On January 31, 2017, California Assembly Bill 252 was introduced by Assembly Member Sebastian Ridley-Thomas to prohibit California cities and counties from subjecting streaming video to tax.
As we have previously reported, more than 40 California cities are currently considering the adoption of an administrative ruling that would subject streaming video services such as those offered by Netflix and Hulu to Utility User Tax. On January 31, 2017, Assembly Bill (AB) 252 was introduced by Assembly Member Ridley-Thomas that would put a stop to any such endeavor for the next six years.
AB 252 provides that “[a] city, city and county, or county, including a chartered city, city and county, or county, shall not impose any tax on video streaming services, including, but not limited to, any tax on the sale or use of video streaming services or utility user taxes.” The proposed legislation defines “streaming video” as “the provision of on-demand video content sent in compressed form over the Internet and displayed by the viewer in real time for a fee on a subscription basis.” Thereunder, the Legislature “finds and declares that the promotion of uniformity in access throughout the state to video streaming services is a matter of statewide concern and, therefore, is not a municipal affair as that term is used in Section 5 of Article XI of the California Constitution.” The prohibition on such taxation under the bill would be repealed by its terms on January 1, 2023.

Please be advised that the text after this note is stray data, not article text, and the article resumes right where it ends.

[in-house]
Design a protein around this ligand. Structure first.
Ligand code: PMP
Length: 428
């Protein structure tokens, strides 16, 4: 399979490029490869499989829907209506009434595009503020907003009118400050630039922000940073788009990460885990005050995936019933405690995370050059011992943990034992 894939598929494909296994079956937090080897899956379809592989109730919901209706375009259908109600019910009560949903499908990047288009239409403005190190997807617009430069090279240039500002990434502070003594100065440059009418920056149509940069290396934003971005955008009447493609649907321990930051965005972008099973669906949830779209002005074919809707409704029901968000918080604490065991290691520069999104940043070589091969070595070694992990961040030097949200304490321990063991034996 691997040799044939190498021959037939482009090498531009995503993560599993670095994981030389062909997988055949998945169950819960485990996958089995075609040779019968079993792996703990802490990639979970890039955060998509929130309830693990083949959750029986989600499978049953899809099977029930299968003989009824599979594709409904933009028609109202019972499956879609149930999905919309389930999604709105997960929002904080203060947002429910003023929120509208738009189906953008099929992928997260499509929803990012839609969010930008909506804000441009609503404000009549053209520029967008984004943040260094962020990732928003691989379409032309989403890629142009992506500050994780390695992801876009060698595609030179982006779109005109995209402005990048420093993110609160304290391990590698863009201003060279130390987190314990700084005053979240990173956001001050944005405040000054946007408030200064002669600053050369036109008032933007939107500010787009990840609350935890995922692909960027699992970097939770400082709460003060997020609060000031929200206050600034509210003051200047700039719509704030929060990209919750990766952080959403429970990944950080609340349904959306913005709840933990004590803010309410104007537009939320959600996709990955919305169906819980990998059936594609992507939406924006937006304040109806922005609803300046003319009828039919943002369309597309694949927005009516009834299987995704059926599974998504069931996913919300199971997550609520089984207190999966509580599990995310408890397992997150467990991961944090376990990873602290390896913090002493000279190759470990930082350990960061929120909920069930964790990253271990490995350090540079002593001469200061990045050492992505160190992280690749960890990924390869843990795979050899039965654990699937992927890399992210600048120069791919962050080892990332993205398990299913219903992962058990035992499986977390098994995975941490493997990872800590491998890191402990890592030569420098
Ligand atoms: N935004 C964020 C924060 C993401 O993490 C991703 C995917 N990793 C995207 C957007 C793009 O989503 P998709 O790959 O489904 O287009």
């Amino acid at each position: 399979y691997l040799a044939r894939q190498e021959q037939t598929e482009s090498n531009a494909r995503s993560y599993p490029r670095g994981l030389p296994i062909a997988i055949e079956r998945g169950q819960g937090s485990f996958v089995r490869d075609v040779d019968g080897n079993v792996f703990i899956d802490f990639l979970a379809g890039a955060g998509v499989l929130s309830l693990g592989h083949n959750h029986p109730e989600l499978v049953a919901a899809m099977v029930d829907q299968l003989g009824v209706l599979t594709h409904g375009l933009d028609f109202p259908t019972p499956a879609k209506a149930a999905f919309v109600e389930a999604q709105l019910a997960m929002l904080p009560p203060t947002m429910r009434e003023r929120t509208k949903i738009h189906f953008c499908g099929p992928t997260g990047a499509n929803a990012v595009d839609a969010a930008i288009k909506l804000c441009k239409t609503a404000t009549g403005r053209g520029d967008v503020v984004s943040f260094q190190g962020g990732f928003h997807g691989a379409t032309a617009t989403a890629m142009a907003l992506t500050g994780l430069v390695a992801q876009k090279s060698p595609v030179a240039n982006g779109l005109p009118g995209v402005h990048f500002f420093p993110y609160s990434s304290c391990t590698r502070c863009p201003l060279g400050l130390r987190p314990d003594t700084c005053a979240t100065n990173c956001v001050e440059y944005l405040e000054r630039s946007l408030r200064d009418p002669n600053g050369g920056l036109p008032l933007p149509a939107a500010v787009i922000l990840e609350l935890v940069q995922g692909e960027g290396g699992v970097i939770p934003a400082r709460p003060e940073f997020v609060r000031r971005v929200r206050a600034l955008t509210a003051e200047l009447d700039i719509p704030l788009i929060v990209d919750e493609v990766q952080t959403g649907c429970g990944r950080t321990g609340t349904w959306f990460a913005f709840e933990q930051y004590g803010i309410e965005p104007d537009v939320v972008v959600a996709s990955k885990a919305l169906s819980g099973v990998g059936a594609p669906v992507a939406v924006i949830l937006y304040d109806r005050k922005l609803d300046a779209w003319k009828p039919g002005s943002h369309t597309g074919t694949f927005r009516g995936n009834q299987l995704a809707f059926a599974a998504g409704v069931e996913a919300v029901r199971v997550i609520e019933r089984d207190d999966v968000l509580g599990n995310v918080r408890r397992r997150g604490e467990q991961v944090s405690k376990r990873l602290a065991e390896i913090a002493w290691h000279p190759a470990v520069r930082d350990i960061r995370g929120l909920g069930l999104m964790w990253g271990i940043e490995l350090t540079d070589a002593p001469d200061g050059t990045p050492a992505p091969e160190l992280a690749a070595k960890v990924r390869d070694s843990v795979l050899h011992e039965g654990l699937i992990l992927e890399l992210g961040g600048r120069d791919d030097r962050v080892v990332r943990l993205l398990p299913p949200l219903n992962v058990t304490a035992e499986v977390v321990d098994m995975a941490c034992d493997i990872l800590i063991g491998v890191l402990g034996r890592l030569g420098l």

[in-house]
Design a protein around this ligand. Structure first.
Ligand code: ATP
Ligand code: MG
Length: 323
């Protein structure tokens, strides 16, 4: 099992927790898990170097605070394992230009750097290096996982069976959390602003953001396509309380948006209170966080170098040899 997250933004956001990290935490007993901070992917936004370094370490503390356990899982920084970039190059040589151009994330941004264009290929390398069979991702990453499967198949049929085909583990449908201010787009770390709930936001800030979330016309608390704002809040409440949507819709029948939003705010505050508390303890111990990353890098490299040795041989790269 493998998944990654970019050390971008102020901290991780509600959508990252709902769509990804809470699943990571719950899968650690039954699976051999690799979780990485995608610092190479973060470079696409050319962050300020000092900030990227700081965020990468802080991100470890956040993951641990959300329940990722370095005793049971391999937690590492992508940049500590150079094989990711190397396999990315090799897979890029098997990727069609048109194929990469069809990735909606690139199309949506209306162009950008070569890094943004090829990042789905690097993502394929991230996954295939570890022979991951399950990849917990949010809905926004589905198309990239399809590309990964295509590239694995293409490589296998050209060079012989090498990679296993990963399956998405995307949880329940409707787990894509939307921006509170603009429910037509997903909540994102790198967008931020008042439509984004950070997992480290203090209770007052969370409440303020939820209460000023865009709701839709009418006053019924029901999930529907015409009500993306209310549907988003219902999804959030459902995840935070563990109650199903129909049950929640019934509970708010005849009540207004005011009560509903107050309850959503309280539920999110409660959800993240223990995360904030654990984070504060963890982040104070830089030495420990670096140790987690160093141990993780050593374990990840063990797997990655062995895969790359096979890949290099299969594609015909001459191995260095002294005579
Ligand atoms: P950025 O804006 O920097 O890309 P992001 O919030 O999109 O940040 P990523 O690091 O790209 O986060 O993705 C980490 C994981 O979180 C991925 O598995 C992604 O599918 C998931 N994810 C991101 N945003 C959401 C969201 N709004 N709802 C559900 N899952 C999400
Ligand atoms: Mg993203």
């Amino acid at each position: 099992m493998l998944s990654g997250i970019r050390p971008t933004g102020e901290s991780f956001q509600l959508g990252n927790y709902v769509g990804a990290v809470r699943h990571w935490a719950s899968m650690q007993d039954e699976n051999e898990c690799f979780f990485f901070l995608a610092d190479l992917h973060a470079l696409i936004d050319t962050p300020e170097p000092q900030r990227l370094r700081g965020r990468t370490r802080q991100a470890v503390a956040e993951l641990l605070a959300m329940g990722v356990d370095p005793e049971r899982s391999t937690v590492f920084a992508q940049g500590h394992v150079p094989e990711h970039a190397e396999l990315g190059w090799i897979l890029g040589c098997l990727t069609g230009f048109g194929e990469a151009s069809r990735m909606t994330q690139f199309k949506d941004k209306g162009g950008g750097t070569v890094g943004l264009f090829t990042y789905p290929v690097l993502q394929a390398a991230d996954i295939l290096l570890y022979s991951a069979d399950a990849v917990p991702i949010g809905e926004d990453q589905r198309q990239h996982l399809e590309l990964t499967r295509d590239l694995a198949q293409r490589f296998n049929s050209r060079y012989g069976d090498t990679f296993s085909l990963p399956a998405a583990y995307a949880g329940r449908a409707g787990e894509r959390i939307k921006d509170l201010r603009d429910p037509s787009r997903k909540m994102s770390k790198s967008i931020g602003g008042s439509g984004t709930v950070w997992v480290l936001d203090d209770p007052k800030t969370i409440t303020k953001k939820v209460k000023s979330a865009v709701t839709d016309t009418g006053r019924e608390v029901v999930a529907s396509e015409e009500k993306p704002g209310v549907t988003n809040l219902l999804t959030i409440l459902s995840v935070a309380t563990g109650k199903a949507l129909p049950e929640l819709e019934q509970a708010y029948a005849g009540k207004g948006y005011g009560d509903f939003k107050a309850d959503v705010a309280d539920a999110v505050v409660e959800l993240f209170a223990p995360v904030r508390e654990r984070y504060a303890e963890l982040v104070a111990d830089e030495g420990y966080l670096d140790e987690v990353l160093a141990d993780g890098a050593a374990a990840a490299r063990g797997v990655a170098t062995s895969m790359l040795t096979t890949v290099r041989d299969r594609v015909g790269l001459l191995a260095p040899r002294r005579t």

We will continue to follow any developments on the status of AB 252 and the cities’ efforts to tax streaming video. Please contact the author or any of the other attorneys listed below if you have any questions or would like discuss.
- Article XI, Section 5 of the California Constitution permits charter cities to “make and enforce all ordinances and regulations in respect to municipal affairs subject only to restrictions and limitations provided in their several charters and in respect to other matters they shall be subject to general laws.” The California Supreme Court has stated that “the constitutional concept of municipal affairs is not a fixed or static quantity ... [but one that] changes with the changing conditions upon which it is to operate...” State Building and Construction Trades Council of California v. City of Vista, 54 Cal.4th 547, 557 (2012). What was once a matter of local concern can later become a matter of statewide concern, controlled by the general laws of the state. Bishop v. City of San Jose, 1 Cal.3d 56, 61 (1969).